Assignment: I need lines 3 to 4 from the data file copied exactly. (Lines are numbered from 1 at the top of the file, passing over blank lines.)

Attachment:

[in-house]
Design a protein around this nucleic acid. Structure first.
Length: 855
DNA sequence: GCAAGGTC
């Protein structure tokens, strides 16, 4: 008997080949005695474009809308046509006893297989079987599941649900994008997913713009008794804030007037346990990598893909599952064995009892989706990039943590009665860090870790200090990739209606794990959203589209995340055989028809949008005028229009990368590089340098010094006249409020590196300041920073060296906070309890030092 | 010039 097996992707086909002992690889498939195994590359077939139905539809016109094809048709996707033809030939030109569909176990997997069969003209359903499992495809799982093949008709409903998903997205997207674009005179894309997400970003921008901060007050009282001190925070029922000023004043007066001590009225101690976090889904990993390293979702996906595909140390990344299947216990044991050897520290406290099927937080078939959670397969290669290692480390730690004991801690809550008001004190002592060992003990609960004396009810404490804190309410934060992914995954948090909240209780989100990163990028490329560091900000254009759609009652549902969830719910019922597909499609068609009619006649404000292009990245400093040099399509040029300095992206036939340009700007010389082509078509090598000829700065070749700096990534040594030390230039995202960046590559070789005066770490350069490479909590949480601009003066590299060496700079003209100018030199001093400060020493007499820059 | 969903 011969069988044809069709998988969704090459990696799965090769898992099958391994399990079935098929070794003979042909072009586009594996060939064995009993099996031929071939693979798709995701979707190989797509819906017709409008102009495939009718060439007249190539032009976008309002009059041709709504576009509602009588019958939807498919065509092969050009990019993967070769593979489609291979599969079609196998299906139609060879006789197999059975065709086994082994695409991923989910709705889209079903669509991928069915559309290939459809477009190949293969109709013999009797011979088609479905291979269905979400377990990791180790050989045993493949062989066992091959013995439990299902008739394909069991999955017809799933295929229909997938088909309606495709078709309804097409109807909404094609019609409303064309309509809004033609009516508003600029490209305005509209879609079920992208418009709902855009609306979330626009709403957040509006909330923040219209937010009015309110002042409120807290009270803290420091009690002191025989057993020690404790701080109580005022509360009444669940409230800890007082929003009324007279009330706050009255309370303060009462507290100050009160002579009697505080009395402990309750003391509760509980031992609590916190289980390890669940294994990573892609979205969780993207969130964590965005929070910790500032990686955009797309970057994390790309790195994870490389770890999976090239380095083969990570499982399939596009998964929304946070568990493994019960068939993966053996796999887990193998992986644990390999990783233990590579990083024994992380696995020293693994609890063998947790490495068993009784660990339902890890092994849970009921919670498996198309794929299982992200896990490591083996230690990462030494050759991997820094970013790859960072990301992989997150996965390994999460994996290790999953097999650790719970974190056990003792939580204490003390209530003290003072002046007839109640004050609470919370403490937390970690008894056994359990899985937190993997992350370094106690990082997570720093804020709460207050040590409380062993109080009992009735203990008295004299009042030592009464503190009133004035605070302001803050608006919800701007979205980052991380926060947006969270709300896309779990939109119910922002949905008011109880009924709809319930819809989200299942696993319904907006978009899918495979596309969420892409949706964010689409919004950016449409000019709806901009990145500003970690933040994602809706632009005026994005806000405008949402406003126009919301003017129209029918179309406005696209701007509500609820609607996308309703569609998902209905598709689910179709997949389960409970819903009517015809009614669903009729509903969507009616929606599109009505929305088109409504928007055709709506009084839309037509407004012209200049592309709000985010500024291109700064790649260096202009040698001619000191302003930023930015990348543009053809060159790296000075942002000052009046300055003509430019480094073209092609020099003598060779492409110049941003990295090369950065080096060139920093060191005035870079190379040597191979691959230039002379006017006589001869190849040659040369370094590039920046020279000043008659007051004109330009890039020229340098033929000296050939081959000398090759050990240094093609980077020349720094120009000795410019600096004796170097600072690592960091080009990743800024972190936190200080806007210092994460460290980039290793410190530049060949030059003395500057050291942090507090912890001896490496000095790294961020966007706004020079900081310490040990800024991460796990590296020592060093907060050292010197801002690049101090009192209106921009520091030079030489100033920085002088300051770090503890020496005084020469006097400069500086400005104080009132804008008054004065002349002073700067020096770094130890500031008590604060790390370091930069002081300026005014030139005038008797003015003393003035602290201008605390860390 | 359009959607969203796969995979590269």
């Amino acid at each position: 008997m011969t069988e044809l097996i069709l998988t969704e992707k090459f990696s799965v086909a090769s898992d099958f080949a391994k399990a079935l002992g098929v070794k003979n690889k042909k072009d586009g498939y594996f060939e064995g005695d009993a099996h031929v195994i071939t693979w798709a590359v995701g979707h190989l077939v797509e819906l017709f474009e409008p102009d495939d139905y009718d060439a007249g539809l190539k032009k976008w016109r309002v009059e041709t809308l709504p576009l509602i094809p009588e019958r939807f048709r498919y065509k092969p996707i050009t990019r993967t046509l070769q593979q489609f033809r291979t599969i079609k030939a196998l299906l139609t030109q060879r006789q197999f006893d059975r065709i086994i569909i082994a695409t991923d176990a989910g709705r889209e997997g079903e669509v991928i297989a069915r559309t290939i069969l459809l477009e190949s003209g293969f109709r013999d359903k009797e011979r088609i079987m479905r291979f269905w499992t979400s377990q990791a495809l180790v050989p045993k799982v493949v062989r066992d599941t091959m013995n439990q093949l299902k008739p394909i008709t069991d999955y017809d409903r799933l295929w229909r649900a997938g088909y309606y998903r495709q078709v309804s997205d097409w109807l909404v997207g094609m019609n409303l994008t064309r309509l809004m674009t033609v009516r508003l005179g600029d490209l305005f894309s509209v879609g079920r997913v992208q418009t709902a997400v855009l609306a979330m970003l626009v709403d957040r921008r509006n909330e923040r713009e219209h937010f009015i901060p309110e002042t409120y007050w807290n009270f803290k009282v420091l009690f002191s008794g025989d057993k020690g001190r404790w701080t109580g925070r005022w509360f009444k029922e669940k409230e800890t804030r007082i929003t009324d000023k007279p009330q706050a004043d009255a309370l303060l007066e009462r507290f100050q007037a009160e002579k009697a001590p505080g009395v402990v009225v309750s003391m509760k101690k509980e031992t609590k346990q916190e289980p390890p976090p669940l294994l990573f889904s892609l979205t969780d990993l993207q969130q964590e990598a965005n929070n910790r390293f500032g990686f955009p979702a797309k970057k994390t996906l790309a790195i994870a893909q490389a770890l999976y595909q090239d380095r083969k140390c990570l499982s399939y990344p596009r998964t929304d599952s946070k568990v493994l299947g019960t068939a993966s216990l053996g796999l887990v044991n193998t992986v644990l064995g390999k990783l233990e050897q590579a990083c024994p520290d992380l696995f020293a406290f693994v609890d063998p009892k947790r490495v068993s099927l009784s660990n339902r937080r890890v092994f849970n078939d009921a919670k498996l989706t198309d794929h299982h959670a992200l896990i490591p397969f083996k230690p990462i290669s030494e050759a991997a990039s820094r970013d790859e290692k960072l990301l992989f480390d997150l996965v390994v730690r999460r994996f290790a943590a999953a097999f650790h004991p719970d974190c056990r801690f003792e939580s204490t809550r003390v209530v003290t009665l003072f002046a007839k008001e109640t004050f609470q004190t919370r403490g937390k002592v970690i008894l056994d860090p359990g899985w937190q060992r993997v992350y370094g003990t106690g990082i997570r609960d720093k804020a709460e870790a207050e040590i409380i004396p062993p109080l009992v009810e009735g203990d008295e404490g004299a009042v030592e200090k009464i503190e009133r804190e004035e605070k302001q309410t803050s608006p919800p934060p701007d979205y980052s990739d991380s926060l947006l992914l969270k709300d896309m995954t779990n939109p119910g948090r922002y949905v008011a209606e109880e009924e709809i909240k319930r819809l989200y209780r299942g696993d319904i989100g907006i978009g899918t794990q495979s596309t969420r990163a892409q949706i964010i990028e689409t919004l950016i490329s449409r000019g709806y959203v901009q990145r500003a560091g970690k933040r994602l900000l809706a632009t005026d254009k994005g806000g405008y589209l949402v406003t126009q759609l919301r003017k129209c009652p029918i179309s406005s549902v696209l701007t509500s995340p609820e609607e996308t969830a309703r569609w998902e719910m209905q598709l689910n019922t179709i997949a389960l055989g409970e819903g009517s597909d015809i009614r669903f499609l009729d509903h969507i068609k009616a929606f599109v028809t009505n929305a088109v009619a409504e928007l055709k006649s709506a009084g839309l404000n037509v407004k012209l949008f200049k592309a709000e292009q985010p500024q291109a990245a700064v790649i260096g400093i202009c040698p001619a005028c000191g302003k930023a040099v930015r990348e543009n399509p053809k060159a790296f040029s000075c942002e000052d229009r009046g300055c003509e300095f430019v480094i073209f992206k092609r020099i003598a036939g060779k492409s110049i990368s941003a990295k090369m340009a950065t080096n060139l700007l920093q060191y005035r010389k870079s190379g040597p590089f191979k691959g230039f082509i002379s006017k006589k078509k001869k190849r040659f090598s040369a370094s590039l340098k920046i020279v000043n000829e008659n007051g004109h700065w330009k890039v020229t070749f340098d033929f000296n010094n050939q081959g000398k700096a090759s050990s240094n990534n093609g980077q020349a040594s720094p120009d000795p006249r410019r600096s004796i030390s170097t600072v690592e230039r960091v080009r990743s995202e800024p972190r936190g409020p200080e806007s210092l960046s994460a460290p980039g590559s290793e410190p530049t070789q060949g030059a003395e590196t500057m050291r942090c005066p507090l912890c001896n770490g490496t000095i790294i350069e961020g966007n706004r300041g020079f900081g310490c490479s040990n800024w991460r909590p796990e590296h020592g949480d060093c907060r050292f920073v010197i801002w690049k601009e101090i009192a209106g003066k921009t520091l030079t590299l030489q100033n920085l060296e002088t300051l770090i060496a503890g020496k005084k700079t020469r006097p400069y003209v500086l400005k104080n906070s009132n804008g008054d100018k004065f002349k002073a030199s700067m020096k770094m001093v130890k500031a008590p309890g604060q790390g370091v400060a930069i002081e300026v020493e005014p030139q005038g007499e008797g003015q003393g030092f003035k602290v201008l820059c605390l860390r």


Length: 855
DNA sequence: GCAAGGTC